Artists put nature’s inspirations on display at DAM

Michael H. Hodges
Detroit News Fine Arts Writer

To take nothing away from the art form, artist Jeff Cancelosi says his entire purpose in curating “Inspired by Nature,” at Detroit Artists Market through Feb. 11, was to steer clear of traditional landscapes.

“The whole point was not to do landscapes, but rather a show about people using nature in different ways in artistic practices,” he says.

In searching out work, Cancelosi started with the profoundly simple, Japanese-like twig sculptures that Ann Arbor artist Larry Cressman refers to as drawings.

“When I first saw his work,” Cancelosi says, “I couldn’t stop staring for it. It’s just sublime. The pieces are so simple, yet so sophisticated that they just blew me away.”

Take “Untitled (The Nature of Drawing X),” a screen of vertically arranged tiny sticks, delicately suspended an inch or so from the wall by pins ordinarily used to mount insects in collections.

It’s a design that is intricate and elegant all on its own, but thanks to the shadows the twigs cast, also acquires an unexpected depth and three-dimensionality.

Jasmine Murrell’s “The Living Dead” makes use of painted orange prison cloth and dirt.

If Cressman uses sticks to invoke nature, New York artist Jasmine Murrell employs dirt.

With “The Living Dead,” the native Detroiter paired a dirt installation on the floor with a painted canvas made from prison uniforms to create a two-part composition of considerable power.

Mounted on the wall, most of the prison cloth is painted a dull orange, with just a few scraps of the original blue-and-white stripes visible. Crudely painted black silhouette figures look to be climbing a stairway, approaching a radiant, Christ-like figure at the center.

The painting is striking enough on its own.

But it’s the other half of this installation, a pile of dirt on the floor, that pulls you up short.

Emerging from the pile are realistic, soil-encrusted feet, as if the dead had been inadequately buried or were resurrecting, soles first.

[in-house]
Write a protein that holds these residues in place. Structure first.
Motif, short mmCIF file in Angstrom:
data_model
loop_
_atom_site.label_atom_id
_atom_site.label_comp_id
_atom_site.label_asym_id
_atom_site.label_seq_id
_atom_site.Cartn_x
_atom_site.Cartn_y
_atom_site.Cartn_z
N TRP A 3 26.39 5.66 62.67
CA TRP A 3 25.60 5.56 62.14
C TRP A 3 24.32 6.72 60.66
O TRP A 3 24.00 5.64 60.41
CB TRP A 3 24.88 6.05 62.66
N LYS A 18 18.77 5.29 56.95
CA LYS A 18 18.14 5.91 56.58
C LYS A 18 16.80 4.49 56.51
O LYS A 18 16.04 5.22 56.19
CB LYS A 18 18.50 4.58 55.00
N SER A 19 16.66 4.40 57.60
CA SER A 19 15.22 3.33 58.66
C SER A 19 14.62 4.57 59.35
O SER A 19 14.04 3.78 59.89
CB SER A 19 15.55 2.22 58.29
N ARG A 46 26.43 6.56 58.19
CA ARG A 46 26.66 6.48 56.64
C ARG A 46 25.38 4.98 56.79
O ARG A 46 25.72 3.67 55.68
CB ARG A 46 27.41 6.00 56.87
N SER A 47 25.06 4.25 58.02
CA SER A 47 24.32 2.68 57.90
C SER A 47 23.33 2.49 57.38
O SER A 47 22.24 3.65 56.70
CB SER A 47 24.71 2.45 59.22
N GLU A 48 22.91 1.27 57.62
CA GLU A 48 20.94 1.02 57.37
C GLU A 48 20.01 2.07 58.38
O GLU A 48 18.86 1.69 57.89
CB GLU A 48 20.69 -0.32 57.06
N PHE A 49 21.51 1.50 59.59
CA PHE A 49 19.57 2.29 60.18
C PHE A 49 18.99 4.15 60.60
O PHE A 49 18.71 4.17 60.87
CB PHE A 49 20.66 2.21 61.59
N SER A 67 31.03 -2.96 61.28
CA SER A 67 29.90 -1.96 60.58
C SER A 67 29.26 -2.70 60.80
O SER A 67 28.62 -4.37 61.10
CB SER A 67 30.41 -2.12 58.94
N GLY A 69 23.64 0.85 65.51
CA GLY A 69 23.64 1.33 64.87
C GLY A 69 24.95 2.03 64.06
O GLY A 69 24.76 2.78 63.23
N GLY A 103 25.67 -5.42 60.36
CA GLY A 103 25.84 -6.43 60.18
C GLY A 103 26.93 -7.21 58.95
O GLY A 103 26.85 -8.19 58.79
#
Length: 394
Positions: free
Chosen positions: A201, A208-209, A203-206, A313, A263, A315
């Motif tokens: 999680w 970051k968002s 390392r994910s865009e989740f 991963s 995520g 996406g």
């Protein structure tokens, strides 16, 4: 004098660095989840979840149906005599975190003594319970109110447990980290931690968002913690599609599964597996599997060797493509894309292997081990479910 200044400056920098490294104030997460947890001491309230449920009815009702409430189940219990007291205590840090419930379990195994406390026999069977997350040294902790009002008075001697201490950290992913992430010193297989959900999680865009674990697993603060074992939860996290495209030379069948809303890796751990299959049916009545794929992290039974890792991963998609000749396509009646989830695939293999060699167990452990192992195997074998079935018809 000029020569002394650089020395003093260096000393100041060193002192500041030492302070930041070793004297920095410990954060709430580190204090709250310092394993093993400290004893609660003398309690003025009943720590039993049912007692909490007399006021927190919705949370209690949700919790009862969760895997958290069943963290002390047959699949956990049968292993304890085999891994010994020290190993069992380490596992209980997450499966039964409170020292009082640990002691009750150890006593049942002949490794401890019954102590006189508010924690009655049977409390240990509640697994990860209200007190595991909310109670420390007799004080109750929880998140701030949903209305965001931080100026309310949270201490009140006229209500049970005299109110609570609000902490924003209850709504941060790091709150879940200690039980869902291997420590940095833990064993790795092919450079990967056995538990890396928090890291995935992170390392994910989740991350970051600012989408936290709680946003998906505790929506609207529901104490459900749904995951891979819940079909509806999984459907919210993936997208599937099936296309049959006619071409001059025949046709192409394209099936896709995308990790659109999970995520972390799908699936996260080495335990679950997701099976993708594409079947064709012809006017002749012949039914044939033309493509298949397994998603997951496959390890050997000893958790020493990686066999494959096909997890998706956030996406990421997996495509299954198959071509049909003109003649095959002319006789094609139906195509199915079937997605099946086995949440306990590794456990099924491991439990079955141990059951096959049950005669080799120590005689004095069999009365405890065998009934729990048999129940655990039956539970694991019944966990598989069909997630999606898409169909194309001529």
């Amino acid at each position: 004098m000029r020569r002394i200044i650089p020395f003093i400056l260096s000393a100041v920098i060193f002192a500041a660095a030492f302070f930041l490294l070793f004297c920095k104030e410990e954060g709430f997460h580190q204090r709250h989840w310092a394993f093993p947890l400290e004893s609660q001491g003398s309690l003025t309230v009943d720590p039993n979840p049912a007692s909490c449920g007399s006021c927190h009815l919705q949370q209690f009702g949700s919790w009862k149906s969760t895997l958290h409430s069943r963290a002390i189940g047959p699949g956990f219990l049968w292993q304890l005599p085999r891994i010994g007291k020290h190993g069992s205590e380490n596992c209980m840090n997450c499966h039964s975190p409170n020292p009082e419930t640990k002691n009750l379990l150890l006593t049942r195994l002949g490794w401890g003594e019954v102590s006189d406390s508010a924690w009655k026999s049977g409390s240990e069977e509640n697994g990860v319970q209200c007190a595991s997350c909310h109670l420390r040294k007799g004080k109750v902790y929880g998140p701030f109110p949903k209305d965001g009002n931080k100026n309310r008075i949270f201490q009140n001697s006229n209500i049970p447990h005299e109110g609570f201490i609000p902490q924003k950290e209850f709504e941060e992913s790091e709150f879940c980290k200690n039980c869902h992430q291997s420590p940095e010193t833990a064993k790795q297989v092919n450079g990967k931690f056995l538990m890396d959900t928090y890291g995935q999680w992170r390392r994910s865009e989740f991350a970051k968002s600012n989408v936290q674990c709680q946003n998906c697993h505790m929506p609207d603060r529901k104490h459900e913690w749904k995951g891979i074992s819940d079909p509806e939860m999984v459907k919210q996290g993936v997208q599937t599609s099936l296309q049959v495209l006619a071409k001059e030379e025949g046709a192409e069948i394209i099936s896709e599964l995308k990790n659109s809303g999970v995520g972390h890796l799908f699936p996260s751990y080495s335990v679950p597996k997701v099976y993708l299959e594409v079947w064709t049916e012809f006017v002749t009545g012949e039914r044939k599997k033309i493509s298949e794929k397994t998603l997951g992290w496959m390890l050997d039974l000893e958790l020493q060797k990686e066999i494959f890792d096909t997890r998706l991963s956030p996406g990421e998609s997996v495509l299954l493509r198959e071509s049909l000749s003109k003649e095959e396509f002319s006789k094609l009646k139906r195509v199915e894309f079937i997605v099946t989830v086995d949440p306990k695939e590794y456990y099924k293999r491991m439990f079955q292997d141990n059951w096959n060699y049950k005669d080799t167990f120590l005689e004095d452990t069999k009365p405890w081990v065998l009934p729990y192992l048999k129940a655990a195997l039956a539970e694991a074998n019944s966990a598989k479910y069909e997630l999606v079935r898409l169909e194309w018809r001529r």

The other half of Jasmine Murrell’s “The Living Dead” features empty bottles and feet rising from the soil.

(Also check out Murrell’s “soil-on-paper” drawing “Bottle Tree 1,” which is lovely.)

“Inspired by Nature” also boasts several abstract paintings by Ray Township artist Mary Keithan, color studies that are all quite beautiful.

Dominating the center of the gallery is Todd Erickson’s sculpture of large, stained cedar branches, titled “Ziibi Gibigan.”

Erickson, who teaches sculpture at Detroit’s College for Creative Studies, has created a remarkable, arch-like installation of impressive size and grace.

Todd Erickson’s white-cedar construction, “Ziibi Gibigan,” dominates the main gallery at Detroit Artists Market.

Cancelosi says when he first contacted Erickson — who’s currently at work on a large bronze piece — the sculptor said he’d be delighted to be in the show, but that he wanted to have fun.

“When you work in bronze,” Cancelosi notes, “it can be very tedious. So for Todd, using leftover pieces of wood was his way of playing and blowing off a little steam.”

Other artists in the seven-person group show are Jacklyn Brickman, Denes Galfi and Armin Mersmann.

(313) 222-6021

Twitter: @mhodgesartguy

‘Inspired by Nature’

Through Feb. 11

Detroit Artists Market, 4719 Woodward, Detroit

11 a.m.-6 p.m. Tue.-Sat.

(313) 832-8540